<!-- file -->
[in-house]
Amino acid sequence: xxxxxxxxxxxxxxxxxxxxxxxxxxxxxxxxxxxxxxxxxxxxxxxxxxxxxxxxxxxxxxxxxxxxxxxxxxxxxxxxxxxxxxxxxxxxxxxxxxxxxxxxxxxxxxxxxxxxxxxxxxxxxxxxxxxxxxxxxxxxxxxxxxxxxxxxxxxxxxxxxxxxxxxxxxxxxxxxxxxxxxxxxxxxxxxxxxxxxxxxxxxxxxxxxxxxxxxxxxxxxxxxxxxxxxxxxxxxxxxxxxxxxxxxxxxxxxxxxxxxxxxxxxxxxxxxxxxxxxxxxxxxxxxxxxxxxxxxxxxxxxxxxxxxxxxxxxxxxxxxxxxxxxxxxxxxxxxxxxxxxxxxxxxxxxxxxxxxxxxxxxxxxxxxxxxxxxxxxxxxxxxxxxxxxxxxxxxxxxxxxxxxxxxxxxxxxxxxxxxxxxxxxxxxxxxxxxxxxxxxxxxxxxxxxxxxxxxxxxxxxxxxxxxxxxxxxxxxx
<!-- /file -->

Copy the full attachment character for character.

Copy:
[in-house]
Amino acid sequence: xxxxxxxxxxxxxxxxxxxxxxxxxxxxxxxxxxxxxxxxxxxxxxxxxxxxxxxxxxxxxxxxxxxxxxxxxxxxxxxxxxxxxxxxxxxxxxxxxxxxxxxxxxxxxxxxxxxxxxxxxxxxxxxxxxxxxxxxxxxxxxxxxxxxxxxxxxxxxxxxxxxxxxxxxxxxxxxxxxxxxxxxxxxxxxxxxxxxxxxxxxxxxxxxxxxxxxxxxxxxxxxxxxxxxxxxxxxxxxxxxxxxxxxxxxxxxxxxxxxxxxxxxxxxxxxxxxxxxxxxxxxxxxxxxxxxxxxxxxxxxxxxxxxxxxxxxxxxxxxxxxxxxxxxxxxxxxxxxxxxxxxxxxxxxxxxxxxxxxxxxxxxxxxxxxxxxxxxxxxxxxxxxxxxxxxxxxxxxxxxxxxxxxxxxxxxxxxxxxxxxxxxxxxxxxxxxxxxxxxxxxxxxxxxxxxxxxxxxxxxxxxxxxxxxxxxxxxxx